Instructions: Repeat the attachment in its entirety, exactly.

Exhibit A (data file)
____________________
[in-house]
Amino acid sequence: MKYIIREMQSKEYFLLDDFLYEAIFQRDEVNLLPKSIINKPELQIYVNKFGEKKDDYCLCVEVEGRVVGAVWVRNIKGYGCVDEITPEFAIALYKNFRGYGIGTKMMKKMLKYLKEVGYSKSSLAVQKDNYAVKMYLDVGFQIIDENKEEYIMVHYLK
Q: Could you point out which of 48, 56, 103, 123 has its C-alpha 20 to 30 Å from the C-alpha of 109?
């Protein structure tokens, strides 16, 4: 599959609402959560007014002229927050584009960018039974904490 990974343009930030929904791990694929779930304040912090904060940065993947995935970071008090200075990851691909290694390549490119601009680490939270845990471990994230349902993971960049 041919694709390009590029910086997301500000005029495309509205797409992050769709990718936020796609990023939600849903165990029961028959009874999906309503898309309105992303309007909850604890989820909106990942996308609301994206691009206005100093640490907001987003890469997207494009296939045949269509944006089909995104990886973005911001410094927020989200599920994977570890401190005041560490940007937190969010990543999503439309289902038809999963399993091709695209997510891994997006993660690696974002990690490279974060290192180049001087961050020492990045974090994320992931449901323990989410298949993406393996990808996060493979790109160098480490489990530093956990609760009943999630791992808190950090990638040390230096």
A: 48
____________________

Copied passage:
[in-house]
Amino acid sequence: MKYIIREMQSKEYFLLDDFLYEAIFQRDEVNLLPKSIINKPELQIYVNKFGEKKDDYCLCVEVEGRVVGAVWVRNIKGYGCVDEITPEFAIALYKNFRGYGIGTKMMKKMLKYLKEVGYSKSSLAVQKDNYAVKMYLDVGFQIIDENKEEYIMVHYLK
Q: Could you point out which of 48, 56, 103, 123 has its C-alpha 20 to 30 Å from the C-alpha of 109?
């Protein structure tokens, strides 16, 4: 599959609402959560007014002229927050584009960018039974904490 990974343009930030929904791990694929779930304040912090904060940065993947995935970071008090200075990851691909290694390549490119601009680490939270845990471990994230349902993971960049 041919694709390009590029910086997301500000005029495309509205797409992050769709990718936020796609990023939600849903165990029961028959009874999906309503898309309105992303309007909850604890989820909106990942996308609301994206691009206005100093640490907001987003890469997207494009296939045949269509944006089909995104990886973005911001410094927020989200599920994977570890401190005041560490940007937190969010990543999503439309289902038809999963399993091709695209997510891994997006993660690696974002990690490279974060290192180049001087961050020492990045974090994320992931449901323990989410298949993406393996990808996060493979790109160098480490489990530093956990609760009943999630791992808190950090990638040390230096």
A: 48